OLD TOWN — The Independent Police Review Authority released video of a July 2015 in which an officer shot a man in Old Town after he allegedly refused to stop beating another man with a baseball bat.
Police were on patrol when they received a report of a large fight and saw a man hitting another man with a baseball bat at 4 a.m. on July 20 in the 1500 block of North Clybourn Avenue on the Near North Side, according to the police department's initial statement.
In a "tactical response report" that was released with the video, police say a detective told the man to stop and Hussain looked at the detective but then continued to beat his victim "about [the] head area."
The detective fired at the man twice and hit him, the report says. Hussain was taken to an area hospital for treatment.
Zainul Hussain, 25, who lives in the 5300 block of North Hoyne Avenue in West Ridge, was charged with two counts of aggravated battery using a deadly weapon.
There were no injuries to police and the bat was recovered on the scene, according to police.
The confrontation with police does not appear in the videos released, although a police officer can be seen pointing a gun at Hussain. Hussain can be seen with a wound on his side and there appears to be blood on the ground. The man is sitting up but eventually lies down, apparently in pain. Although multiple police cars and officers arrive on scene, paramedics don't arrive for several more minutes.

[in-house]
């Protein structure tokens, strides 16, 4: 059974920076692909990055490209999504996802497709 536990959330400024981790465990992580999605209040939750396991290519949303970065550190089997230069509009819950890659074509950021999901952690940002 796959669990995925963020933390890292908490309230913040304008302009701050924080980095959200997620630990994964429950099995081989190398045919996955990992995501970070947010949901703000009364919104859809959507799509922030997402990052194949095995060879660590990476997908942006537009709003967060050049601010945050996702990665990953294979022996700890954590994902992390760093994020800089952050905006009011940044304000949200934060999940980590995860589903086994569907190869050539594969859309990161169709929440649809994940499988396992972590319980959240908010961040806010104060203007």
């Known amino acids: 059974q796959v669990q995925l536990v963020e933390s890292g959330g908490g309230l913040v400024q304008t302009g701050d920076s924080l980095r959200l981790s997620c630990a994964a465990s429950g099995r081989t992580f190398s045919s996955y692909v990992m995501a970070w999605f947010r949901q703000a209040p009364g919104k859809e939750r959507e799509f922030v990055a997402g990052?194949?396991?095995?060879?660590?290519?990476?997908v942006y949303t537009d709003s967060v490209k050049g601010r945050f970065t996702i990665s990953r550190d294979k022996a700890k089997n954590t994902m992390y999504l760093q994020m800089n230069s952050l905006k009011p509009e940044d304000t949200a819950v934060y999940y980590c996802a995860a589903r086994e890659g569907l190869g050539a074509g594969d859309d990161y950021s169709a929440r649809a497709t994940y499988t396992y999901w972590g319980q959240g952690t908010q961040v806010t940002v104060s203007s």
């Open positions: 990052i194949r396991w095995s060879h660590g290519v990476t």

WARNING: GRAPHIC: Video shows the aftermath of the police-involved shooting:
The video and details in the case were released as part of a massive data dump by IPRA on Friday, showing documents and videos in more than 100 Chicago police misconduct cases.
The release comes after Mayor Rahm Emanuel's appointed Police Accountability Task Force called on the Chicago Police Department to acknowledge racism and fight the "code of silence" that keeps officers from being held accountable.
The massive release of videos includes many open cases, some of which are the subjects of lawsuits. At a news conference Friday, IPRA boss Sharon Fairley stressed that videos do not paint a complete picture of what happened in each incident, and many lack context.
“It's really important for you to keep in mind that these materials may not convey all of the facts and considerations that are relevant [to an officer's conduct," she said.
That task force also called for videos to be more readily released to the public, within 60 to 90 days.
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